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by Danae M. Ashley

As they were coming home, when David returned from killing the Philistine, the women came out of all the towns of Israel, singing and dancing, to meet King Saul, with tambourines, with songs of joy, and with musical instruments. And the women sang to one another as they made merry, “Saul has killed his thousands, and David his ten thousands.” 

–1 Samuel 18:6-7

David’s return from killing the Philistine seems like an Old Testament musical. As the army approaches, word in the village spreads. The gossip begins with spoken word that turns into song with one instrument, then another, and finally, by the time David reaches the village, it is a full-blown musical! 

We do not often hear about revelry and merry-making as a positive thing in Church history. Instead, it is seen as something that pagans do and is used to show how Christians are different. Debauchery and over indulgence that is harmful to self and possibly others? Yes, I can see that as something to differentiate Christians from the antics of the Romans. Revelry at appropriate times and in a responsible way to celebrate like we hear in this story of David’s triumph? Maybe such revelry might be a positive way to respond to God’s gifts.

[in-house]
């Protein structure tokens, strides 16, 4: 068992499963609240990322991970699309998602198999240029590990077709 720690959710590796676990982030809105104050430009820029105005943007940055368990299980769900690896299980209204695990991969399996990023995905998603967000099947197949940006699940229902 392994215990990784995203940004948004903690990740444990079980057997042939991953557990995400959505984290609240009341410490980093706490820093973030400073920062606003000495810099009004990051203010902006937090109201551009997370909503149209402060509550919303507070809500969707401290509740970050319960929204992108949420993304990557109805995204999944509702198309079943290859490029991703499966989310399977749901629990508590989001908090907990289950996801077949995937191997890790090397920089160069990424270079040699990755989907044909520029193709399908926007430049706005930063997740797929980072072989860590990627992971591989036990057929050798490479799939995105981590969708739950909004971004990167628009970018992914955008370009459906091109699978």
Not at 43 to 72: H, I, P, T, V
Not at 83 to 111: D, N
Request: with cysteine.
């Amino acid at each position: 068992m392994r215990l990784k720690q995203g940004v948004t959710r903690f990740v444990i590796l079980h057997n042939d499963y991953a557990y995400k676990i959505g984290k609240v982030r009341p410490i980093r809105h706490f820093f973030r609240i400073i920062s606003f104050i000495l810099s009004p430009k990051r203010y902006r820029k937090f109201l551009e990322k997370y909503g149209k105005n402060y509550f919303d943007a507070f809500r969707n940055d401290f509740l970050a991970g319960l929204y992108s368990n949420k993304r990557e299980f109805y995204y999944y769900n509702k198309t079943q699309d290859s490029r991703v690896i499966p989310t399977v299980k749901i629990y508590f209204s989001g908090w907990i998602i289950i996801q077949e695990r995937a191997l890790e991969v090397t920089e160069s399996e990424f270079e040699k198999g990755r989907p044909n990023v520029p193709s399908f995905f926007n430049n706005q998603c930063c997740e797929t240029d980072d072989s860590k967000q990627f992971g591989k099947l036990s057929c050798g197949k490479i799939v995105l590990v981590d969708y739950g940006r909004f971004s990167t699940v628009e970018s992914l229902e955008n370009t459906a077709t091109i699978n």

Celebrations and festivals where merry-making occurs also builds community and gives anchors for cultural traditions to form. Think about birthdays. Do you have special foods you eat and particular things you do for family birthdays? What about celebrations in the life of the church? Our liturgical calendar has rich traditions for different seasons and feast days, including rituals, music, foods, colors, and outfits. There are also many festive traditions in the diverse nations and peoples of the world that shape a group’s identity through special foods, clothing, dancing, songs, and rituals. It is fascinating to link a community’s celebrations to their identity – how celebrations reflect who they are and what they believe.

Merry-making can be a way for us to take the joy and excitement that is bursting from inside us and express it externally within these frameworks of tradition. It is like a sacrament with a small ‘s’ – an outward and visible sign of an inward and spiritual grace—joy that is a gift from God. I find that the desire for celebration within community comes from the love that God has for us, spilling over so that it needs a larger container than just one person. To revel in the deep joy brought when we experience the gifts of God is no small thing. It requires celebration!

How and what are you celebrating this summer? Will it be like our Old Testament musical or a bit more low key? Regardless of how you participate in your revelry, I hope you feel God’s joy and celebration for you each and every day.


The Rev. Danae M. Ashley, MDiv, MA, LMFT is an Episcopal priest and marriage and family therapist who has ministered with parishes in North Carolina, New York, Minnesota, and is serving part-time as the Associate Rector at St. Andrew’s Episcopal Church, Seattle and a therapist at Soul Spa Seattle, LLC. She has written for a number of publications, produced a play, and has been featured on several podcasts regarding fertility struggle and faith. Danae’s favorite past times include reading, traveling with her husband, dancing with wild abandon to Celtic music, and serious karaoke.


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